One of the largest failures in corporate history was the launch of New Coke in 1985. Your VR app or product might have the same destiny. So what happened?

Coca-Cola was losing market share to Pepsi and believed it was time to make a change to the formula of their flagship product. Taste testing showed that people preferred the sweeter taste of Pepsi compared to Coke, so they made the move to sweeten their product.

Within days of the launch of New Coke, the public backlash was all over the media. Angry customers protested, started petitions, and called the company to demand that they change the formula back. After three months, Coca-Cola relented and released Coca-Cola Classic to give customers the option to buy the old formula.

New Coke was available but didn’t sell well. It was officially discontinued in 2002.

What happened? Why didn’t the new formulation win? Blind taste tests continued to show that people preferred Pepsi to Coke so the new product should have been a big hit.

It turns out that “sip tests” didn’t accurately show what people would want to drink a full can of. The sweeter taste was preferred for a few sips, but was too sweet after drinking the full amount at home. Customers wanted the less sweet taste of Coca-Cola for regular consumption.

How does this apply to VR Fitness?

Right now, high-end virtual reality is brand new to most consumers. No matter what experience you demo for a friend, they will be in awe. It’s simply astounding how immersive and fun it is to go into VR for your first few times! The responses are always the same:

“Woah, this is amazing!”

“OMG, I forgot I was actually in a house and not underwater in the ocean!”

“That dinosaur is coming right for me!” <ducks, screams and removes headset>

As a developer of hardware or software, if you give a demo to almost anybody, they will have a similar reaction to your product, giving you the satisfactory feeling of creating something that will definitely be a big financial winner.

But is that actually true or is a “sip” of your product fun but using it for hours and hours wouldn’t be a good experience?

We’ve all tried VR games or apps and enjoyed it for a few minutes. The new world or mechanics are interesting and you are immersed in the experience. But after the initial trial, the experience gets boring, annoying, or worse, nausea-inducing.

How many VR experiences do you actually go back to over and over again?

Longevity is even more important for VR Fitness apps and products.

Every game or hardware peripheral maker wants their users to continue using the product for weeks, months, and even years. With VR Fitness, it’s actually a requirement. A customer has to continue to come back to your product three to five times per week for months to get the health and fitness results that they desire. If the experience is fun for a few minutes, it won’t be a success.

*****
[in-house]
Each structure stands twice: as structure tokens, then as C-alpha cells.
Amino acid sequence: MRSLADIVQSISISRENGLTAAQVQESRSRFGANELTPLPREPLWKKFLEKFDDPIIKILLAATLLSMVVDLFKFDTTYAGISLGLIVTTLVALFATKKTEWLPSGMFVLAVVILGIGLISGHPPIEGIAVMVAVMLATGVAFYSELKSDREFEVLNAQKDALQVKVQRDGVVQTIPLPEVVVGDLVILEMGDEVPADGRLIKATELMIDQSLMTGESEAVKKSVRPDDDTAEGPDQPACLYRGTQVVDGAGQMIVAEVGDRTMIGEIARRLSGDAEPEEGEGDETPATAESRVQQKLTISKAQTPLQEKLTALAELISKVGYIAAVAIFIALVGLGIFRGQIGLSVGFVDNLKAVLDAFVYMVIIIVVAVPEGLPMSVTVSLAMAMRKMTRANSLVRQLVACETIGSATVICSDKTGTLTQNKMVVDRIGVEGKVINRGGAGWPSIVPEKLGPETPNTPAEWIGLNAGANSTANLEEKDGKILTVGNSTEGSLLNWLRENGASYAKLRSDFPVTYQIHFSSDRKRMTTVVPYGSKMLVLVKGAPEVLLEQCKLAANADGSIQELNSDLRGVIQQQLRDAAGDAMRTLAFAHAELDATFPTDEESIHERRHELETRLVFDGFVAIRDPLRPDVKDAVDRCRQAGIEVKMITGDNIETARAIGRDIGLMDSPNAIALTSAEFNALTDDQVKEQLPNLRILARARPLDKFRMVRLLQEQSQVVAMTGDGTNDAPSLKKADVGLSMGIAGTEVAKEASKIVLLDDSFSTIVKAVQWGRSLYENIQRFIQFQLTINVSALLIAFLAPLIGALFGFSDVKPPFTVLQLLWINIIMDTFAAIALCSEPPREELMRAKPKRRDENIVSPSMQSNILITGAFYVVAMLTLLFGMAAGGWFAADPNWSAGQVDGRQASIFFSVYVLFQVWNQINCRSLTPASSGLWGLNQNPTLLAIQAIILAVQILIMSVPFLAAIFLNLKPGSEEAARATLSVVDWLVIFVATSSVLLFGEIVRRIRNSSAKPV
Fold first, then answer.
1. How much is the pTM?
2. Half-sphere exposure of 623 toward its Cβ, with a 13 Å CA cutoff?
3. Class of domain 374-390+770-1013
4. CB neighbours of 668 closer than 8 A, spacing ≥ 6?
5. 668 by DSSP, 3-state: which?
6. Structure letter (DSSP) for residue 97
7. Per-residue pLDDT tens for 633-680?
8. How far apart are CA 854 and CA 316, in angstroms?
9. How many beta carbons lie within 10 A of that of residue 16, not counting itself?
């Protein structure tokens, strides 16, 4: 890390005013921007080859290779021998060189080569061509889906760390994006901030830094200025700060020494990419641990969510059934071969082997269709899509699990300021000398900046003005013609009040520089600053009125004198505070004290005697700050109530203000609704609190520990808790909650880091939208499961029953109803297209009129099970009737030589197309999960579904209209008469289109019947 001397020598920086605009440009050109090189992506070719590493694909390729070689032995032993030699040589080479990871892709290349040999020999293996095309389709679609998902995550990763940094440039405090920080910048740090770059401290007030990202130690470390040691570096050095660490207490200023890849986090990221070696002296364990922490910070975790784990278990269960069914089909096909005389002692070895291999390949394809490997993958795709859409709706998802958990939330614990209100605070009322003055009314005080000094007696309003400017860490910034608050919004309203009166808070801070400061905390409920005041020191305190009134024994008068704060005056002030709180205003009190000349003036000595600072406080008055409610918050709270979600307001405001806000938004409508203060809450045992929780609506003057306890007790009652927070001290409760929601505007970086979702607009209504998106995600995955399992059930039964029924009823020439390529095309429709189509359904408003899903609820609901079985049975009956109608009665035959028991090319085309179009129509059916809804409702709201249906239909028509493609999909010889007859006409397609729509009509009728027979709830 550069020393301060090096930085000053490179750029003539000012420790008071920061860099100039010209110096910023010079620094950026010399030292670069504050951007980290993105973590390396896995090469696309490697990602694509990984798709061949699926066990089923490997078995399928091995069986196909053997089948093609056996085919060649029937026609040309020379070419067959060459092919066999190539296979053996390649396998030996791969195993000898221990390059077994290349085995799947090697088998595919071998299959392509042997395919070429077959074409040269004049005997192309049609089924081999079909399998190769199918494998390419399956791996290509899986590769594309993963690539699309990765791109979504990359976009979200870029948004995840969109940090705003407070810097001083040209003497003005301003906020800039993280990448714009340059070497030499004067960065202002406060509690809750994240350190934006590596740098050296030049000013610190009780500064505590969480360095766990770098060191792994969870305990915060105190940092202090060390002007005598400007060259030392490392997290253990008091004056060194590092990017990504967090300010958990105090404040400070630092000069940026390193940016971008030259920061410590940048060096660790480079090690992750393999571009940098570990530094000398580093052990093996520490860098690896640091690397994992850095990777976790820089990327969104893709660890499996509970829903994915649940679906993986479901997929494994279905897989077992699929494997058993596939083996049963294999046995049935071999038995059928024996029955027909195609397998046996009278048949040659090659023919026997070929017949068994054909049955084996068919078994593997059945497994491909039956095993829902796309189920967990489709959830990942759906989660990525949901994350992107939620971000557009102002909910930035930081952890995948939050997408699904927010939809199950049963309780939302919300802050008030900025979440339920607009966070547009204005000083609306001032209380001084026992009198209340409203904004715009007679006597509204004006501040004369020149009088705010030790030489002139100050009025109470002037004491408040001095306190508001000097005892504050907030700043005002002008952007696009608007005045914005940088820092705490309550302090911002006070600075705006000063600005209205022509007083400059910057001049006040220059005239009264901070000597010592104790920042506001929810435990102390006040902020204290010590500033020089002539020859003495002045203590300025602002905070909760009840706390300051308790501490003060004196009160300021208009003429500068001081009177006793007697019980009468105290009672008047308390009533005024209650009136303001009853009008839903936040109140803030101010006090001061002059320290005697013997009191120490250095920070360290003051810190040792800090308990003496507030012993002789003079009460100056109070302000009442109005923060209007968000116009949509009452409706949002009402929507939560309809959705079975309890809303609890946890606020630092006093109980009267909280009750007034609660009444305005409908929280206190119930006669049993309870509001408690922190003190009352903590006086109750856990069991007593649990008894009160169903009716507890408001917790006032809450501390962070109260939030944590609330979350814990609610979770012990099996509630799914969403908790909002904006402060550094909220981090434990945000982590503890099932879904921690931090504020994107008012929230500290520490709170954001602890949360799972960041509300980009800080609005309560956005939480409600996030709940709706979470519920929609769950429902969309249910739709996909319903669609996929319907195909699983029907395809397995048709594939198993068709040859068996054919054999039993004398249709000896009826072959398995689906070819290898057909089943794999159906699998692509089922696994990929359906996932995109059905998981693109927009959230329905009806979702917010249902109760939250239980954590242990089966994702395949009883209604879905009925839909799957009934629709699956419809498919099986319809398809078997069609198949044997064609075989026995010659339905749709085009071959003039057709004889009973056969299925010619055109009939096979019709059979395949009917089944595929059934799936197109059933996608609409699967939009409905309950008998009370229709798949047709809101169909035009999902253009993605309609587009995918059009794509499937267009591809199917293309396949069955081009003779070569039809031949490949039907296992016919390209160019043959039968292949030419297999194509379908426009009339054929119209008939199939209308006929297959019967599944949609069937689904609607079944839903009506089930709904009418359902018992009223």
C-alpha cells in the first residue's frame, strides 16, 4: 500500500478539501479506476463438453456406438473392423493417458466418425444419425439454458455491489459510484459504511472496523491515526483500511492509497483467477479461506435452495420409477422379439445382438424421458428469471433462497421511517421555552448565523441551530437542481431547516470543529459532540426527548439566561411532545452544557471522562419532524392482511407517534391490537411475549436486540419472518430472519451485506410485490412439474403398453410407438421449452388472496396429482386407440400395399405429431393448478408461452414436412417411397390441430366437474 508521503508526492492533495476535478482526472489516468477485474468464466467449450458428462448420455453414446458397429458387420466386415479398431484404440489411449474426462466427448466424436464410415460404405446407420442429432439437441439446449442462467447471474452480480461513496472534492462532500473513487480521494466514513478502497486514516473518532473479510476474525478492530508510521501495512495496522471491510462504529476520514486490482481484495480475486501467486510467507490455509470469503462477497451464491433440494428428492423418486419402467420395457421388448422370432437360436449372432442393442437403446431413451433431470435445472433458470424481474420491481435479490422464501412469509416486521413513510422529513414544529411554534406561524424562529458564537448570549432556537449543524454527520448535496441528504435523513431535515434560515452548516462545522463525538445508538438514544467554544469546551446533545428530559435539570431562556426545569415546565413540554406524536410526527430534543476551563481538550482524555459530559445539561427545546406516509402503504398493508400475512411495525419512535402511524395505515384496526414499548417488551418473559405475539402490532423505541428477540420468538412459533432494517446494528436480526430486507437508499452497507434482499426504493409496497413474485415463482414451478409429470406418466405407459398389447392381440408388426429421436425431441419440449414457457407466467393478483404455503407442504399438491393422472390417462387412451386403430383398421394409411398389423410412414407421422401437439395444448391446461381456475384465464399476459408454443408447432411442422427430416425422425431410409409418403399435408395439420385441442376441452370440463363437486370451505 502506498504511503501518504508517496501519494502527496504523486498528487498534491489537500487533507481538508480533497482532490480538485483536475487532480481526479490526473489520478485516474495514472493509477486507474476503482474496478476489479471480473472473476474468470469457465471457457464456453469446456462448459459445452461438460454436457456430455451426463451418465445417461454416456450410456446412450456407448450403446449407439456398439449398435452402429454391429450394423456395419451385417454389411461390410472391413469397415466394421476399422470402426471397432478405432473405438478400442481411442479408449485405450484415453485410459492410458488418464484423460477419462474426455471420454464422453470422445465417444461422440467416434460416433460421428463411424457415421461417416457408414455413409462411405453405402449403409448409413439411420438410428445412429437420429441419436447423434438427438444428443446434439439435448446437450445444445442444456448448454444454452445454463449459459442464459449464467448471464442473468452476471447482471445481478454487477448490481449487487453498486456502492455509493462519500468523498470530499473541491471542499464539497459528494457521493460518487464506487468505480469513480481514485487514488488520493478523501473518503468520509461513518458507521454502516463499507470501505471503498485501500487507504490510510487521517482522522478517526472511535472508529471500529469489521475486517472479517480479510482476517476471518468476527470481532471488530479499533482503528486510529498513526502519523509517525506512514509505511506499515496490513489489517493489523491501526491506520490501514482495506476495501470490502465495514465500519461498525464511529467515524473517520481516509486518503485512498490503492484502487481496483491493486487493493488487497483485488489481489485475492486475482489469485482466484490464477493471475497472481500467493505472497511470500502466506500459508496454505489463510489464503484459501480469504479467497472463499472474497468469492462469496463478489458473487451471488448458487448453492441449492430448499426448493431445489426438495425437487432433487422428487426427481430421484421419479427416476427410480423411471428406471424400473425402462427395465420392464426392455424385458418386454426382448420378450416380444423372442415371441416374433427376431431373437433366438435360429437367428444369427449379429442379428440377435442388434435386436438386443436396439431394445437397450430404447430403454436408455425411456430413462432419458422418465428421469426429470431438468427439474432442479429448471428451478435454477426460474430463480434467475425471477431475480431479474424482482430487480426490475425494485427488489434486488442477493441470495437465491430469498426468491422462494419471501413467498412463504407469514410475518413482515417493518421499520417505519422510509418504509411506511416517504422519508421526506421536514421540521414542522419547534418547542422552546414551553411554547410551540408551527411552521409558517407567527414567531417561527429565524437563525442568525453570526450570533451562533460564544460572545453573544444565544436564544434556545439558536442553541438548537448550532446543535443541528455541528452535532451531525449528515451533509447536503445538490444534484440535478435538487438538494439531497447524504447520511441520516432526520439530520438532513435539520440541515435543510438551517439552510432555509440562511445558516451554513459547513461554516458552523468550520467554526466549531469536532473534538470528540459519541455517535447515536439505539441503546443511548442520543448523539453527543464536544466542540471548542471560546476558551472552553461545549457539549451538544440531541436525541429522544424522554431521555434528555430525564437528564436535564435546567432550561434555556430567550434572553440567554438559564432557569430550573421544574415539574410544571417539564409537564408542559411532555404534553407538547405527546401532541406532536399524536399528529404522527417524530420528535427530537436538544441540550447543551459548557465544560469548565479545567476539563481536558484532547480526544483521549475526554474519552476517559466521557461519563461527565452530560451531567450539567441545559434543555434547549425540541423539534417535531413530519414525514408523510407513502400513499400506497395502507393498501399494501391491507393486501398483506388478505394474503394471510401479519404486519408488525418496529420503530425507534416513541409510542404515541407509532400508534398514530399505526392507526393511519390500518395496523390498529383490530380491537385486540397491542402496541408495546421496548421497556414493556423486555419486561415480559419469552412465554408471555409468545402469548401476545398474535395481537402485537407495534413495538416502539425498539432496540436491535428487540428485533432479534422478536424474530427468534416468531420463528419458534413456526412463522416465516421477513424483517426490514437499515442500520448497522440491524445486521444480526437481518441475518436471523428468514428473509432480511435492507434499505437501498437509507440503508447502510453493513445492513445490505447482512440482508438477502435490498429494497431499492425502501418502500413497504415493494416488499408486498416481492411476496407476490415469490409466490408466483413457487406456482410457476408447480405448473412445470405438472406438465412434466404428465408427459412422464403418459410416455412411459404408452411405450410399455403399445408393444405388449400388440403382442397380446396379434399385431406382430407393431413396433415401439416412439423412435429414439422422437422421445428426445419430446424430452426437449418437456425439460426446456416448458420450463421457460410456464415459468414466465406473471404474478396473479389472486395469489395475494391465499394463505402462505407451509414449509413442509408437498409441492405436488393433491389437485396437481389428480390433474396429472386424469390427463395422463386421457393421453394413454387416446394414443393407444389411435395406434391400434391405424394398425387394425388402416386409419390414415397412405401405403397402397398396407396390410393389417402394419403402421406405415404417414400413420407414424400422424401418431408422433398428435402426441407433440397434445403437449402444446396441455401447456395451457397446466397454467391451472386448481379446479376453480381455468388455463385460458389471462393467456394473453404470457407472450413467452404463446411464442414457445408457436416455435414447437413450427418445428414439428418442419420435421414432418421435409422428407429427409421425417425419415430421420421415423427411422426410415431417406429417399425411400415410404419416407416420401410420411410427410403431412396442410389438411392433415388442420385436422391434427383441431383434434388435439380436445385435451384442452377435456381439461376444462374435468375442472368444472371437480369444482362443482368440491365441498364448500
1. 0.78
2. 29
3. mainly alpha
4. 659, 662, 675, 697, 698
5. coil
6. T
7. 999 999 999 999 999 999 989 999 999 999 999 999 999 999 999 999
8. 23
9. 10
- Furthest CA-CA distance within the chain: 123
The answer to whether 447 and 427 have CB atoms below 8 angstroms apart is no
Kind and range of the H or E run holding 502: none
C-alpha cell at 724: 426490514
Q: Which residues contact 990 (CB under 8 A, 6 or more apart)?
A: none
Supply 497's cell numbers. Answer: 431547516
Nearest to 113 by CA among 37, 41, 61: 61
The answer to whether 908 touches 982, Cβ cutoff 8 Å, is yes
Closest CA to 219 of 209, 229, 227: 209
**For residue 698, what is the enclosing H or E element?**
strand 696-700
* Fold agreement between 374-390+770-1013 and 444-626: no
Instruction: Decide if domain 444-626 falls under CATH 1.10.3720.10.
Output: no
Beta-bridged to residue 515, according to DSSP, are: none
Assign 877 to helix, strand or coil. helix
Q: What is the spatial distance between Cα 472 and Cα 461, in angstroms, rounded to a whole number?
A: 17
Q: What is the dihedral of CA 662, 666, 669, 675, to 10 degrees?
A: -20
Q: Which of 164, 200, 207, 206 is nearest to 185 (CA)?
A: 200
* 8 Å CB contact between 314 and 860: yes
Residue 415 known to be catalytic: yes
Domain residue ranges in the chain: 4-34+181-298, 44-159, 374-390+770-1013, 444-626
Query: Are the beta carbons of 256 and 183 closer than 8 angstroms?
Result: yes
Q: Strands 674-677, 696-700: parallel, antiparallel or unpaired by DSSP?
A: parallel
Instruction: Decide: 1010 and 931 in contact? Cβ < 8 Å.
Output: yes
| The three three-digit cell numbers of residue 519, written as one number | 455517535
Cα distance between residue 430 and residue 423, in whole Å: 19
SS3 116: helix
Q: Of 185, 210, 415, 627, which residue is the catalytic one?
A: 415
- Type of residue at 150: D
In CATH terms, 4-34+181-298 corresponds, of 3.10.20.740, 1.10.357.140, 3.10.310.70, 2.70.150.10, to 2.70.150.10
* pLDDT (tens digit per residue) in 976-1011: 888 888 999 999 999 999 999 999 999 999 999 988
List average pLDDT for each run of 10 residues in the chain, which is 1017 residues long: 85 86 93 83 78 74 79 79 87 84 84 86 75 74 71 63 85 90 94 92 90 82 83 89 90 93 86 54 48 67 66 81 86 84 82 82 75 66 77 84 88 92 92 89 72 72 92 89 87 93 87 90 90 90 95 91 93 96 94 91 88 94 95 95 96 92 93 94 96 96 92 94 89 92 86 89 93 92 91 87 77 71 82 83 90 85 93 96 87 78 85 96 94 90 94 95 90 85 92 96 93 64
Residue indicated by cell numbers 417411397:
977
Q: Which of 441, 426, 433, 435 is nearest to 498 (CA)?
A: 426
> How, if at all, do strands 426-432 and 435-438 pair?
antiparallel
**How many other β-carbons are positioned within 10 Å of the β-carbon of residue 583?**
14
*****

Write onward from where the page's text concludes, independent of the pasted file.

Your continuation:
This applies to almost any fitness product, not just VR ones. That dance class or new spin bike is great the first time and maybe even the second or third. But what about the 50th time? Most people move on to something else, hoping to finally find something that they can enjoy over and over.

Design an experience that can be interesting for years. Find analogues in real life like sports, card games, hobbies, and other activities that people become passionate about and consistently participate in for a lifetime. Study video games that get people to play for years and years. Test your experience over an extended period of time to see what sticks and what doesn’t. Watch your analytics to find out where and when people drop off.

VR Fitness has the opportunity to revolutionize the fitness industry with all new capabilities that can make a big difference for customers around the world! Don’t get too excited when a potential customer tells you that your product is amazing after using it for only a few minutes. Let them have more than a “sip” and see what happens. The future of your product depends on it.

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Ryan DeLuca
Ryan DeLuca founded Bodybuilding.com in 1999 in his garage in Idaho at the age of 20. Under Ryan’s leadership, the company skyrocketed to nearly $500,000,000 in annual revenue before he stepped down as CEO in 2015. Ryan was temporarily retired for only six months before the startup bug bit him again and Black Box VR was born, merging his continued passions for technology and fitness and the way they can intersect to help people transform their lives.